The main participants in the Troubles are Muslim paramilitaries such as the Alhaz Freedom Fighters and the Brotherhood of Allah, Christian paramilitaries such as the Free Christian Army, the Terranilian government, and pro-NPP paramilitaries such as the Vigilant Atheists. Other minor combatants include the Democratic Forces for the Liberation of Terranihil and the Póniepan Armed Forces. The Muslim and Christian paramilitaries use guerilla warfare against Terranilian security forces, as well as attack infrastructure, commercial, and political targets. The insurgents frequently target atheist civilians and occasionally other religious groups. Pro-NPP paramilitaries target Muslim and Christian civilians, as well as insurgents. The Terranilian government acts in an anti-insurgent role, but has been accused of targeting innocent civilians and colluding with pro-NPP paramilitaries; Terranilian police and the Department of Internal Security (DIS) are the forces in combat with insurgents.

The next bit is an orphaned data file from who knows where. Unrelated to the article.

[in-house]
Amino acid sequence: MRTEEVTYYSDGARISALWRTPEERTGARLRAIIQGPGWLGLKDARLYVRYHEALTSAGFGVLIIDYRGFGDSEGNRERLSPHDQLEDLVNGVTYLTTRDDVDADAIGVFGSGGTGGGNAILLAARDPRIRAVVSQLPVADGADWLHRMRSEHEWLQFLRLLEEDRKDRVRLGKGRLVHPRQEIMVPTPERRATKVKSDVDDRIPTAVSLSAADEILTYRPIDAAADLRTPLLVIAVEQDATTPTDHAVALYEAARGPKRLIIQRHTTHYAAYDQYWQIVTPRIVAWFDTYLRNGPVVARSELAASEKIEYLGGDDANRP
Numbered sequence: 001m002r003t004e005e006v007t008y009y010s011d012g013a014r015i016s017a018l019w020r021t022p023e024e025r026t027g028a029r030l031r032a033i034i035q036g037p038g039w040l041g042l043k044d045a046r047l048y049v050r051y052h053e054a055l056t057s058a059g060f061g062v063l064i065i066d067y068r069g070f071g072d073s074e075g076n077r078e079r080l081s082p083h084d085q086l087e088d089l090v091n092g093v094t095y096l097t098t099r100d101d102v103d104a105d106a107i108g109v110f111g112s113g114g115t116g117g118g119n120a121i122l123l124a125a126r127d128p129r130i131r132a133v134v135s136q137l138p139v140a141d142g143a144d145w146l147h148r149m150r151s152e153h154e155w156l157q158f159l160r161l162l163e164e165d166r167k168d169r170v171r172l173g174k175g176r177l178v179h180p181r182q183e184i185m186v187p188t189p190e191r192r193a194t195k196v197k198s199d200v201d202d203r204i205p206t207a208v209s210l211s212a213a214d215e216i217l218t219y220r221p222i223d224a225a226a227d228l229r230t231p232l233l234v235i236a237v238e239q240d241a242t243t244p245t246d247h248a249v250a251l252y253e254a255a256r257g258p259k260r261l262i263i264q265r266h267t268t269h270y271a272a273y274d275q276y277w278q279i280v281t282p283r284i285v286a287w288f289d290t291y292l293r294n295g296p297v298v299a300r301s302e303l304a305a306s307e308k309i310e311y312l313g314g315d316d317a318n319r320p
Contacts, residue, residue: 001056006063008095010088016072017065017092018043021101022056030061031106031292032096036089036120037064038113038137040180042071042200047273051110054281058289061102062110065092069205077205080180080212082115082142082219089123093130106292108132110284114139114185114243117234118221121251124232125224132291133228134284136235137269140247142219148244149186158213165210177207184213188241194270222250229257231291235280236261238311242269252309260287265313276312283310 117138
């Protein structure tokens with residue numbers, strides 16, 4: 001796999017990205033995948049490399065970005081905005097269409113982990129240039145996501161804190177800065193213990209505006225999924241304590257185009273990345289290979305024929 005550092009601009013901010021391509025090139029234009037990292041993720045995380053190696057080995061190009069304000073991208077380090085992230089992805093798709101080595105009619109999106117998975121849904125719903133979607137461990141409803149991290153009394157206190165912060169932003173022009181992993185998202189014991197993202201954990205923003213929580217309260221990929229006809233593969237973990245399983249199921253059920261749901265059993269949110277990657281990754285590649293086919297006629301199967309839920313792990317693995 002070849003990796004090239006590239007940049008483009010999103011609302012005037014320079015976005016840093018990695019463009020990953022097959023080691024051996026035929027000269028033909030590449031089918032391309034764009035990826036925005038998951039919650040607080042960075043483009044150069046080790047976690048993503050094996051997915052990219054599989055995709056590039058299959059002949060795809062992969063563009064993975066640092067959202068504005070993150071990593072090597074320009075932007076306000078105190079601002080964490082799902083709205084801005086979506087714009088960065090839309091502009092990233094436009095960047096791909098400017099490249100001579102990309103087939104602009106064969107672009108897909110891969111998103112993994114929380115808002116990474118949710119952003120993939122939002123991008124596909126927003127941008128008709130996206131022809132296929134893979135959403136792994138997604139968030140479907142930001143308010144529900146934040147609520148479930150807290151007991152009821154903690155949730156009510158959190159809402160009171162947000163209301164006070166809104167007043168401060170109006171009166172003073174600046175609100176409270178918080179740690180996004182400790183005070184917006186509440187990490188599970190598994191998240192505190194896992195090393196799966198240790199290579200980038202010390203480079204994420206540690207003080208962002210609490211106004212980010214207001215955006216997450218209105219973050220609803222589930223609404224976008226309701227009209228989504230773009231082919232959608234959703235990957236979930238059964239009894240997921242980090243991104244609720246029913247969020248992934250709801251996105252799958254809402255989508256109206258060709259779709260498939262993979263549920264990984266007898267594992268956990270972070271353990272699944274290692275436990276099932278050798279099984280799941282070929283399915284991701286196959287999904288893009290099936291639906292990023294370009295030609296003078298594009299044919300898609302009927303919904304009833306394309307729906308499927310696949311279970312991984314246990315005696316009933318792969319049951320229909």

More than 11,500 people have been killed in the conflict, of whom 59% were civilians, 25% were Terranilian security forces and 16% were paramilitaries. The violence has been consistant from the beginning of the conflict until today.
- 1 Background
- 2 1960s
- 3 1970s
- 4 1980s
- 5 1990s
- 6 21st Century
- 7 Foreign involvement
- 8 Casualties
Terranihil has been a place of religious conflict ever since the spread of Christianity in the 4th century and Islam in the 7th century. Christians, Muslims and pagans were in near constant conflict from the 6th to the 13th century. The Devraifian Wars in which the Kingdom of Terranihil conquered and reunited Terranihil is considered the last religious war of Terranihil, but religious rebelions and insurgencies have continued. The kingdom, which was ruled by pagans, restricted Judeo-Christian practices, disqualified Christians and Muslims from high government positions and violently suppressed religious protests and opposition. The 15th to 19th century saw the conversion of most pagans to atheism.